There, in the crowds of pilgrims, He was separated from His parents and, with other boys and girls of His own age, he stopped to listen to the teachers in the Temple, for a sort of “catechism lesson”. The holidays were good opportunities for handing on the faith to children who were about the same age as Jesus.

But on this occasion it happened that this extraordinary Boy Who had come from Nazareth not only asked very intelligent questions but also started to give profound answers to those who were teaching Him. The questions and even more the answers astonished the Temple teachers.

It was the same amazement that later on would mark Jesus’ public preaching. The episode in the Temple of Jerusalem was simply the beginning and a kind of foreshadowing of what would happen some years later.


Dear boys and girls who are the same age as the 12-year-old Jesus, are you not reminded now of the religion lessons in the parish and at school, lessons which you are invited to take part in?

So I would like to ask you some questions: What do you think of your religion lessons: Do you become involved like the 12-year-old Jesus in the Temple? Do you regularly go to these lessons at school and in the parish? Do your parents help you to do so?

The 12-year-old Jesus became so interested in the religion lesson in the Temple of Jerusalem that, in a sense, He even forgot about His own parents. Mary and Joseph, having started off on the journey back to Nazareth with other pilgrims, soon realized that Jesus was not with them.

They searched hard for Him. They went back and only on the third day did they find Him in Jerusalem, in the Temple. “Son, why have You treated us so? Behold, Your father and I have been looking for You anxiously” (Lk. 2:48).

How strange is Jesus’ answer and how it makes us stop and think! “How is it that you sought Me? Did you not know that I must be in My Fathers house?” (Lk. 2:49). It was an answer difficult to accept.

The evangelist Luke simply adds that Mary “kept all these things in her heart” (2:51). In fact, it was an answer that would be understood only later, when Jesus, as a grown-up, began to preach and say that for His heavenly Father He was ready to face any sufferings and even death on the cross.

From Jerusalem Jesus went back with Mary and Joseph to Nazareth, where He was obedient to them (cf. Lk. 2:51). Regarding this period, before His public preaching began, the Gospel notes only that He “increased in wisdom and in stature, and in favour with God and man” (Lk. 2:52).

Dear children, in the Child Whom you look at in the crib you must try to see also the 12-year-old Boy in the Temple in Jerusalem, talking with the teachers. He is the same grown Man Who later, at 30 years old, will begin to preach the word of God, will choose the Twelve Apostles, will be followed by crowds thirsting for the truth.

At every step He will confirm His extraordinary teaching with signs of divine power: He will give sight to the blind, heal the sick, even raise the dead. And among the dead whom He will bring back to life there will be the 12-year-old daughter of Jairus, and the son of the widow of Naim, given back alive to his weeping mother.

It is really true: this Child, now just born, once He is grown up, as Teacher of divine truth, will show an extraordinary love for children. He will say to the Apostles: “Let the children come to Me, do not hinder them,” and He will add: “for to such belongs the kingdom of God” (Mk. 10:14).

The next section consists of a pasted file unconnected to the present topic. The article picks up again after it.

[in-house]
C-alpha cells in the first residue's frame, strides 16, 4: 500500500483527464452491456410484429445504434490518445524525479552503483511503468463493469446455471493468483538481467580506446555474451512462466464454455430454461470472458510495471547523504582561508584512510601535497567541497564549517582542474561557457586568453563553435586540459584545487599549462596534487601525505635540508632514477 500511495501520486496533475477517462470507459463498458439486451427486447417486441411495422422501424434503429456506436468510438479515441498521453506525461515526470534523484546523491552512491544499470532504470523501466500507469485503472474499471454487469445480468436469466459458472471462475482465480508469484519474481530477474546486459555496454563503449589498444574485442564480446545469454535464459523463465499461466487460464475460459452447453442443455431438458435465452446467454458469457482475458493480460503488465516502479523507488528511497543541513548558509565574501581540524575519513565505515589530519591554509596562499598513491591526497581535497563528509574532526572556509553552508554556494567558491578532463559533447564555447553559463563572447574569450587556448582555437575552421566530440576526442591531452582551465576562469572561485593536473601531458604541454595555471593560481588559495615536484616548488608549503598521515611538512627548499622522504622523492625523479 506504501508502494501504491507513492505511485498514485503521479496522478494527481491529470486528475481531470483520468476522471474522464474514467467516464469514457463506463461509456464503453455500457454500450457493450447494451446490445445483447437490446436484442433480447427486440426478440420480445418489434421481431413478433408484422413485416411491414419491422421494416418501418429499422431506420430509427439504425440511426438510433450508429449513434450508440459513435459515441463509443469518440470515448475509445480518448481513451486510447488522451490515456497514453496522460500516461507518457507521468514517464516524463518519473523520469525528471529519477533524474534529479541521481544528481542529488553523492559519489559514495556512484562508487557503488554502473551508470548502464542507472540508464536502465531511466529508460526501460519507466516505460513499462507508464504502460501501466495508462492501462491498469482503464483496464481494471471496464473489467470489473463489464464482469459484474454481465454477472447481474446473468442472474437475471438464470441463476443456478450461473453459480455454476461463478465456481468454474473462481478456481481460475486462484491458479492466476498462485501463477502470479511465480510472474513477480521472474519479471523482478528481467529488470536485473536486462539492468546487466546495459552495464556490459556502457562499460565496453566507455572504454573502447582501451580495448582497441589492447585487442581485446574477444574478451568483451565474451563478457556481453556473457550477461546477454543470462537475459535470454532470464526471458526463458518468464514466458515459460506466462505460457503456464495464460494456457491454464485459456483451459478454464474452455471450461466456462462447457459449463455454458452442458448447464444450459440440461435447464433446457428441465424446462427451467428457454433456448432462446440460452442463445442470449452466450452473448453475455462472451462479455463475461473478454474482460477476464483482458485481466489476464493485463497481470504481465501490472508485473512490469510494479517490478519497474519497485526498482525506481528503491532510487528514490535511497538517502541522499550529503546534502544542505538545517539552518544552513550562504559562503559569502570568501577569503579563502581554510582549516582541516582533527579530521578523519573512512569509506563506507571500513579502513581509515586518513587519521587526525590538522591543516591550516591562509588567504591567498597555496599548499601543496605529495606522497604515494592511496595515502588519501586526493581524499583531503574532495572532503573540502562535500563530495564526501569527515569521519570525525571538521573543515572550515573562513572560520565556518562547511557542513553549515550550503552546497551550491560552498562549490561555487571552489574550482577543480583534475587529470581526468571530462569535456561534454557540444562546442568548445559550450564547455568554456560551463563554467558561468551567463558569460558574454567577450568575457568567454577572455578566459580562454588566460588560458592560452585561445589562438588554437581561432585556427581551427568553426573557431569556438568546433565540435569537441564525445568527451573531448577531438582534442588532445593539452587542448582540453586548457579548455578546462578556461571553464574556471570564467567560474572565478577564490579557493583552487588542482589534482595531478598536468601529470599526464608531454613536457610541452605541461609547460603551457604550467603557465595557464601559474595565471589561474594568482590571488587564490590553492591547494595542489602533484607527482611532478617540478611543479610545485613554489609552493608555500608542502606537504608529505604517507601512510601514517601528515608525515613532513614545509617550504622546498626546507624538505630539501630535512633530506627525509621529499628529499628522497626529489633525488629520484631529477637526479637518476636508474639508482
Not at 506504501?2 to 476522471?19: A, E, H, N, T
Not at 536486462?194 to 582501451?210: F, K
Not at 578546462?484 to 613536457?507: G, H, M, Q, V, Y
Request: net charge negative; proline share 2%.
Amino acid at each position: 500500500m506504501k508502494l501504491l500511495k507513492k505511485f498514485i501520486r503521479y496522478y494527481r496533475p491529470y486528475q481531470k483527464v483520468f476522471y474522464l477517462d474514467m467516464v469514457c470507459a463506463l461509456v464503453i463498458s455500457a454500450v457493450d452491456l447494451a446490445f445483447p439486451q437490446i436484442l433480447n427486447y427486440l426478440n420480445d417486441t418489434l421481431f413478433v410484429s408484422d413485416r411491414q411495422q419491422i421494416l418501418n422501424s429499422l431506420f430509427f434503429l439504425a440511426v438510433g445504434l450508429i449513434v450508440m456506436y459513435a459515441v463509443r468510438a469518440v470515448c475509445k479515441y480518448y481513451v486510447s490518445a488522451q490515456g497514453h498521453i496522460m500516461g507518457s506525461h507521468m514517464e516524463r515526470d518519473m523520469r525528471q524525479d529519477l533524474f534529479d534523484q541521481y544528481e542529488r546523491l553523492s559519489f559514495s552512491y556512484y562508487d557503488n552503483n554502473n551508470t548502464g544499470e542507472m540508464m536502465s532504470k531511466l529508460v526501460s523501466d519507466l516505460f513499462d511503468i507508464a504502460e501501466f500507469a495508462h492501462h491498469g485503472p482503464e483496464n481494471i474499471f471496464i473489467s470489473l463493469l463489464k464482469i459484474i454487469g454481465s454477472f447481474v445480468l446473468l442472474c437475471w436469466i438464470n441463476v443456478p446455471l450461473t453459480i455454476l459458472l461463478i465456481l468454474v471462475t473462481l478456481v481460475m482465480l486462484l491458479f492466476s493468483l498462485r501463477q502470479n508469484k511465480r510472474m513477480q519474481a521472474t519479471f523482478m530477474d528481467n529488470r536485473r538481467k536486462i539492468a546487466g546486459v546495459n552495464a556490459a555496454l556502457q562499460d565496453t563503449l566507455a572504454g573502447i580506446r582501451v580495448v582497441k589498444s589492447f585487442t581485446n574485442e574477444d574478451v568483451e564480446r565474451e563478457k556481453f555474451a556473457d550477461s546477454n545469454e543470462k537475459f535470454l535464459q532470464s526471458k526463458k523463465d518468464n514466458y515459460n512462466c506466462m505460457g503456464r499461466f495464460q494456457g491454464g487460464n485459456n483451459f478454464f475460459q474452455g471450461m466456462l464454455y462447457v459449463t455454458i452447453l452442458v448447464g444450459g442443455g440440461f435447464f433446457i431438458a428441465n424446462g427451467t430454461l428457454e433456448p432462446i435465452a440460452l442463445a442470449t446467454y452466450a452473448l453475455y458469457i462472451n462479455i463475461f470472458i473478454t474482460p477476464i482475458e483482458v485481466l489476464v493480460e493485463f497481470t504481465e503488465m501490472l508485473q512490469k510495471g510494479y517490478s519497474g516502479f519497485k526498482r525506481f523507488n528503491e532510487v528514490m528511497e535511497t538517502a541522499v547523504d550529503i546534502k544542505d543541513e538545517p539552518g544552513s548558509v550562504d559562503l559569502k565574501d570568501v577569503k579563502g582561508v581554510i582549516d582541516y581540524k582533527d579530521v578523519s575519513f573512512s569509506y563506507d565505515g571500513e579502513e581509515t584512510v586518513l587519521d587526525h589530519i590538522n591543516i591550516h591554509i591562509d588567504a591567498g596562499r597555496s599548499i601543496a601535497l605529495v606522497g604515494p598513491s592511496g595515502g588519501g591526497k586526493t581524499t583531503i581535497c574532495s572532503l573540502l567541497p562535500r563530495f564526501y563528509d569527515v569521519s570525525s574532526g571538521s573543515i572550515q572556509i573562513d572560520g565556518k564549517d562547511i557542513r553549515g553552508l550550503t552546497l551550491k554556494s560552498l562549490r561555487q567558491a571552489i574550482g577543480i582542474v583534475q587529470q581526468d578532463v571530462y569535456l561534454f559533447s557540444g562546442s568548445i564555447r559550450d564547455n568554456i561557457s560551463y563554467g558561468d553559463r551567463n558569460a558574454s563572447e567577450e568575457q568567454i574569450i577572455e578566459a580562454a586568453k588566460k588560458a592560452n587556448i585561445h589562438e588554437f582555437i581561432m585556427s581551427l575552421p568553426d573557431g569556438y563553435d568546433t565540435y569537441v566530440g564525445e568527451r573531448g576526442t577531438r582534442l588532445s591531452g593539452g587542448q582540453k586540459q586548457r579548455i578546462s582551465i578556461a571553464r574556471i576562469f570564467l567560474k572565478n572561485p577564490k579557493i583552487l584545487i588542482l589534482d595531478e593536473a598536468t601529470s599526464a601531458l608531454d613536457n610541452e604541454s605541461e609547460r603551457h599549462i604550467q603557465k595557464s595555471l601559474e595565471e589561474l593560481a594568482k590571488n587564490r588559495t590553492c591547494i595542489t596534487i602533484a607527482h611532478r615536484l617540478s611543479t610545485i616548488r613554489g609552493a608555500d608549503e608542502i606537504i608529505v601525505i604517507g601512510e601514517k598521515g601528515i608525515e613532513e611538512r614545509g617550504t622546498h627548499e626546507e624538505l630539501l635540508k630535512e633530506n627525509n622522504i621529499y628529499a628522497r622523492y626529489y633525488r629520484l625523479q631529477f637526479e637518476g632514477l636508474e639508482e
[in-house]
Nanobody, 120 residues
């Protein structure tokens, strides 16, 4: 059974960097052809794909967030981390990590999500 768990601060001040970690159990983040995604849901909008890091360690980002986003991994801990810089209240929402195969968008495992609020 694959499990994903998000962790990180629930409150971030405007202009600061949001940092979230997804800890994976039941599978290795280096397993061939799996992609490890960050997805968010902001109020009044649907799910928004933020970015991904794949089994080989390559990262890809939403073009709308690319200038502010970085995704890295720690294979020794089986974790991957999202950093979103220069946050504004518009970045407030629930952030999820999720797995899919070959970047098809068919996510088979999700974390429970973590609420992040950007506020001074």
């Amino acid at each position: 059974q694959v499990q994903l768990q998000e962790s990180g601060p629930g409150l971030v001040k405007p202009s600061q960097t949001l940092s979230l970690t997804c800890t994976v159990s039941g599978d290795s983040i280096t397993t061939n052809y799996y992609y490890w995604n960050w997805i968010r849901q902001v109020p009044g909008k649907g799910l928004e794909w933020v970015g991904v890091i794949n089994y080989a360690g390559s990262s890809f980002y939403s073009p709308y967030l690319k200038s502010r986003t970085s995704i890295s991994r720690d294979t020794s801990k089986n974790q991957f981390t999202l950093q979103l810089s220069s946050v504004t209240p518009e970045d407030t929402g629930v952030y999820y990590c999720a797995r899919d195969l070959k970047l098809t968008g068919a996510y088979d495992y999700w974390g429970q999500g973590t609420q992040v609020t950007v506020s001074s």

Another time, as the Apostles are arguing about who is the greatest, He will put a child in front of them and say: “Unless you turn and become like children, you will never enter the kingdom of heaven” (Mt. 18:3).

On the occasion, He also spoke harsh words of warning: “Whoever causes one of these little ones who believes in Me to sin, it would be better for him to have a great millstone fastened round his neck and to be drowned in the depth of the sea” (Mt. 18:6).

How important children are in the eyes of Jesus! We could even say that the Gospel is full of the truth about children. The whole of the Gospel could actually be read as the “Gospel of children”.


What does it mean that, “unless you turn and become like children, you will not enter the kingdom of heaven”? Is not Jesus pointing to children as models even for grown-ups? In children there is something that must never be missing in people who want to enter the kingdom of heaven.

People who are destined to go to heaven are simple like children, and like children are full of trust, rich in goodness and pure. Only people of this sort can find in God a Father and, thanks to Jesus, can become in their own turn children of God.

Is not this the main message of Christmas? We read in St. John: “And the Word became flesh and dwelt among us” (Jn. 1:14); and again: “To all who received Him, who believed in His name, He gave power to become children of God” (Jn. 1:12).

Children of God! You, dear children, are sons and daughters of your parents. God wants us all to become His adopted children by grace. Here we have the real reason for Christmas joy, the joy I am writing to you about at the end of this Year of the Family.

Be happy in this “Gospel of divine sonship”. In this joy I hope that the coming Christmas holidays will bear abundant fruit in this Year of the Family.


Dear friends, there is no doubt that an unforgettable meeting with Jesus is First Holy Communion, a day to be remembered as one of life’s most beautiful. The Eucharist, instituted by Christ at the Last Supper, on the night before His passion, is a Sacrament of the new covenant, rather, the greatest of the Sacraments.